President. Page 3-
Major Bum. demands resignation of long
haired School Board. Page 3.
President Roosevelt will make trip down
Mississippi River. Pace 14.
Government may reduce railroad mall com
pensation. Page 15. a
Monk visits Chicago after 40 years' seclu
sion. Sees many inventions first time.
j Page 1..
Haskin on dry farming. Page 37.
Ex-Mlnlster Conger dead. Par" !
Hot fight In Presbyterian assembly on saloon
question. Page 3.
Cloak manufacturers decide on styles for
next Winter. Pace 2.
Court deposes Vollva as ruler of Zlon.
Page 1.
Wheat boom subsides and price declines.
Page 3.
Mrs. Eddy declares she has always man
aged her own affairs. Pace 2.
Mrs. Howard Gould sues for divorce and
large alimony. Page 1.
Corey may be deposed by Steel Trust as re
sult of marriage. Page 1.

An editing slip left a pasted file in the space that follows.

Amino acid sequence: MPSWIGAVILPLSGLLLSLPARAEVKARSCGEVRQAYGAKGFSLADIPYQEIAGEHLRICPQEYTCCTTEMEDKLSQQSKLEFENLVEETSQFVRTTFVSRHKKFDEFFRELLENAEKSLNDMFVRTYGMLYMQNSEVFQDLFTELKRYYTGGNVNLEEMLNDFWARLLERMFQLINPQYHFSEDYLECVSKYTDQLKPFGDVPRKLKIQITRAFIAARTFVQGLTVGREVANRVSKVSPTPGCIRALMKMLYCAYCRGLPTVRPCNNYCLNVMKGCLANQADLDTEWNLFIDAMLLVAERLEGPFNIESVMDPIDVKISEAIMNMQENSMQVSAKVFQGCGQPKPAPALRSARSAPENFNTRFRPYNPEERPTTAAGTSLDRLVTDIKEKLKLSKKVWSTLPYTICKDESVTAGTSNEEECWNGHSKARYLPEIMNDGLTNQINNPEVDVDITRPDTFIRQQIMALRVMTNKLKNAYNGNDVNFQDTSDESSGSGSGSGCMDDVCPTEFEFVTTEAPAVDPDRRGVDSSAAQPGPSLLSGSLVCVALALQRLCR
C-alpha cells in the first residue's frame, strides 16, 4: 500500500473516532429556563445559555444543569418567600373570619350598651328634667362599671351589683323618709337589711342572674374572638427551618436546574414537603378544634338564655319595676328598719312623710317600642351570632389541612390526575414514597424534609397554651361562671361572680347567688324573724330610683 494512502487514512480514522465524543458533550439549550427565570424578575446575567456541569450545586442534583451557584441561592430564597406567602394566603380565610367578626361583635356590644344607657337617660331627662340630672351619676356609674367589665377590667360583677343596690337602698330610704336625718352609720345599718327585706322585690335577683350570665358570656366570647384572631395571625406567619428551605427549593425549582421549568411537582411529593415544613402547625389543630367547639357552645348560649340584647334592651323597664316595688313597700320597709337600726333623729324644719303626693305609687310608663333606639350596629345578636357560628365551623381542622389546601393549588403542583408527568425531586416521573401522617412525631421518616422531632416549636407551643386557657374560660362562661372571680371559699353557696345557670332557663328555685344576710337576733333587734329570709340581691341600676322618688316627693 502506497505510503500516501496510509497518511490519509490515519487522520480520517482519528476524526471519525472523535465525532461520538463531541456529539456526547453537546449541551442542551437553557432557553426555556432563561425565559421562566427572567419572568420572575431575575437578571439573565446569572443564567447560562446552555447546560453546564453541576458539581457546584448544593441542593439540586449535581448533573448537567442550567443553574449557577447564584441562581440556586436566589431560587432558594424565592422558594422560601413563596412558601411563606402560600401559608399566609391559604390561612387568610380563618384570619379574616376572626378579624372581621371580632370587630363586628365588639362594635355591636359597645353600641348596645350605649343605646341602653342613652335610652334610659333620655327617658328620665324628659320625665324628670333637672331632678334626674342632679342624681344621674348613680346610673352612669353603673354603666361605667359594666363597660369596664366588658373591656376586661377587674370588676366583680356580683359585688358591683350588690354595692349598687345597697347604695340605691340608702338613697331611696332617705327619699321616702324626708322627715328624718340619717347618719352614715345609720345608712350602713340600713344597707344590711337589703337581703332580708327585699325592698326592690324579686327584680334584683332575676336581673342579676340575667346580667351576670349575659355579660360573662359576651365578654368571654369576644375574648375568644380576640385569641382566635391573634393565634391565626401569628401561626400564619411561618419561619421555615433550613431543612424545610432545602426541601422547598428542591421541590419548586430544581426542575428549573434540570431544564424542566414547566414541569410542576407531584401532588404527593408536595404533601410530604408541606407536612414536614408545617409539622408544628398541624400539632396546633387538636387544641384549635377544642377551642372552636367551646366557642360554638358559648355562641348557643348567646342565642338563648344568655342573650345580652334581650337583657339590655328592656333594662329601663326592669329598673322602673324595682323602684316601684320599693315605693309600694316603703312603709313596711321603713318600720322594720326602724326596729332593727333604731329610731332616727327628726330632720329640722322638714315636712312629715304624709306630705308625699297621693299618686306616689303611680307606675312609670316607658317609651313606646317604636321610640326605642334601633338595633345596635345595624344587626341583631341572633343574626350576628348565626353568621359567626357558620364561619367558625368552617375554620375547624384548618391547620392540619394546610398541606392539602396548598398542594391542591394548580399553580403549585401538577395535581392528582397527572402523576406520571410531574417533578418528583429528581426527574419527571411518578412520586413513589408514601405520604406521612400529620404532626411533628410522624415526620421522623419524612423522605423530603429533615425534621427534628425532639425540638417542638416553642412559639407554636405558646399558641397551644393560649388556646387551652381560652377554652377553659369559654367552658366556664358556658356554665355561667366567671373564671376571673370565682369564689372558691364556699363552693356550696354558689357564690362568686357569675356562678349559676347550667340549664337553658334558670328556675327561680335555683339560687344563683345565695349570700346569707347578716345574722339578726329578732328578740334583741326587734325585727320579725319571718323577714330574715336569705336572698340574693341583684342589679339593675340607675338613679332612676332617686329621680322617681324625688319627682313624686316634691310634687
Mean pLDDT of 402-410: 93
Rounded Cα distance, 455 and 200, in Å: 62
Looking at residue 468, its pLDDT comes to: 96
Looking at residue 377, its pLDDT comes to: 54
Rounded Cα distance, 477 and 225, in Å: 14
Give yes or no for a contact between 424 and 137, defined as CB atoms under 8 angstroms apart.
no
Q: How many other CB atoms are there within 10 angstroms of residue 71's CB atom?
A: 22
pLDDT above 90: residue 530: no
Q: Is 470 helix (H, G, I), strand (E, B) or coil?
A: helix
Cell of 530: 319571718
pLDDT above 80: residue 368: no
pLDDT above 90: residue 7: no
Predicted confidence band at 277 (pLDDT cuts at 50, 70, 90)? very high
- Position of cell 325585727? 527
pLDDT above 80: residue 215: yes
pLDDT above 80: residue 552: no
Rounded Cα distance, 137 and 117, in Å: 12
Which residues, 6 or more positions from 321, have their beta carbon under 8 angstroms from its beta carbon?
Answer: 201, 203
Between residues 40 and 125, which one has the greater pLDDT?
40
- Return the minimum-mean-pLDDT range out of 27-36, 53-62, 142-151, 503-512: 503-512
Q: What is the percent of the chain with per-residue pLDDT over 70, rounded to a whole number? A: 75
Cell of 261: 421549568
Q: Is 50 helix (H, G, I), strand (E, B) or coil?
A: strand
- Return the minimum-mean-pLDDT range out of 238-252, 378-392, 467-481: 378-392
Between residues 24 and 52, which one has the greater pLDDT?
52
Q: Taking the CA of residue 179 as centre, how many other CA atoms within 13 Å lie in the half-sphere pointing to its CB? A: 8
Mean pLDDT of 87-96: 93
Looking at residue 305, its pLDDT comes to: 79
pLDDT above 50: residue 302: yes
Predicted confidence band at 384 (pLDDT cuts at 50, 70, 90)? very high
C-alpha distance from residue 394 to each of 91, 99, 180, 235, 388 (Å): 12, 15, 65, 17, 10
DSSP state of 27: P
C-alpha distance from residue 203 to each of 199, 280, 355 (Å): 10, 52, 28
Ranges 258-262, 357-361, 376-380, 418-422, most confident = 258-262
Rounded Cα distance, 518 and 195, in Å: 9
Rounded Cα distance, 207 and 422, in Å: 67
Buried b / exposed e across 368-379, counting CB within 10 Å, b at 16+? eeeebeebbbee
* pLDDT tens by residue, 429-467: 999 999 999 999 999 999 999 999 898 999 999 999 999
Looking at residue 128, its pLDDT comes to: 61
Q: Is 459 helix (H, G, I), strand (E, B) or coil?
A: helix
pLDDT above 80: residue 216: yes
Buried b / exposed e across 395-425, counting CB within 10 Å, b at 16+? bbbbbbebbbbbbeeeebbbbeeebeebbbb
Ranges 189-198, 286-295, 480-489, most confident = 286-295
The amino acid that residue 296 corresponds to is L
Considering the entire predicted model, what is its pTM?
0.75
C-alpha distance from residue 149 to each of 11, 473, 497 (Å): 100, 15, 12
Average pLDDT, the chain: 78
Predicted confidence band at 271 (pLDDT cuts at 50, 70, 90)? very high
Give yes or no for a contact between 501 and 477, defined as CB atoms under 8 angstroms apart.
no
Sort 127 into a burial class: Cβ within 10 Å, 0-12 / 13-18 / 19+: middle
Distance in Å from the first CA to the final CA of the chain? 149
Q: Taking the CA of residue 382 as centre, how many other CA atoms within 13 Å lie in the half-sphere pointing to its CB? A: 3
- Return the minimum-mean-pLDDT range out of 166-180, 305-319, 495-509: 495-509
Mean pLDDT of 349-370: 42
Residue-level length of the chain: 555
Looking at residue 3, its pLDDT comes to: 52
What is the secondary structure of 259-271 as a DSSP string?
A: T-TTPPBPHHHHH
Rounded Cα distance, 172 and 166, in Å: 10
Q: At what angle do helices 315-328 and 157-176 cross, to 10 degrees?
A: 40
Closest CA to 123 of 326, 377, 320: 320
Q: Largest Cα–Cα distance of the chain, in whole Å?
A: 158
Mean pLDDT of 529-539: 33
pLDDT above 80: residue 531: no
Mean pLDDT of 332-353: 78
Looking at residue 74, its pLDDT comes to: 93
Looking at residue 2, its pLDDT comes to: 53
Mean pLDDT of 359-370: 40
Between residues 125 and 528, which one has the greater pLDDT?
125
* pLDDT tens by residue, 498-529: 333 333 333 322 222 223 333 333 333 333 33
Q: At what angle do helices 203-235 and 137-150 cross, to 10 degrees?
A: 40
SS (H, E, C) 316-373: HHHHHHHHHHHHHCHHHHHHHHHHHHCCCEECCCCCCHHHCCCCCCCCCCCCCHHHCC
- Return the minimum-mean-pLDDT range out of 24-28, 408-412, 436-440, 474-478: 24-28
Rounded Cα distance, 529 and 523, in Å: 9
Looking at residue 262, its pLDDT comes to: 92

Facinic Coast.
Heney trying to force Schmits to confess
and may imprison him. Page 2.
Schmltz says he will Tun for Mayor again.
Page 2. -
Committee of seven congnrms agreement
with Schmltz. Page 2.
Mrs. Haywood reluctant spectator of trial.
Page 1.
County Attorney finds no contempt In
Orchard Interviews. Pace 1.
' Pacific Coast.
Prosecutor Johnson charges In court that
land-fraud defendants have men em
ployed to 'see" Jurors. . Page 4.
Seattle club women severely - scolded by
Judge Curtis. Page 4.
Astoria Mayor and police In row over the
closing of dancehalls. Page 5.
Japanese girls smuggled In as freight. Page
Seals beat Beavers, 16 to 6. Page 44.
Great work of University of Oregon ath
letes on track and field, page 44.
Barney Oldfleld to have strong competitors
in race In .Portland. Page 45.
Harvard defeats Yale at field meet. Page
Annapolis defeat Columbia in boat race.
Page 10.
Commercial and Marine.
Hop surplus still' weighs on market. Page 48.
Week-end realizing breaks wheat prices at
Chicago. Page 40.
Stocks easy and dull. Page 46.
Surplus reserve of New York banks steadily
increased. Page 46.
Rivers are rising from melting of snow in
mountains. Page 47.
Editorial and current state topics. Page 30.
Portland and Vicinity.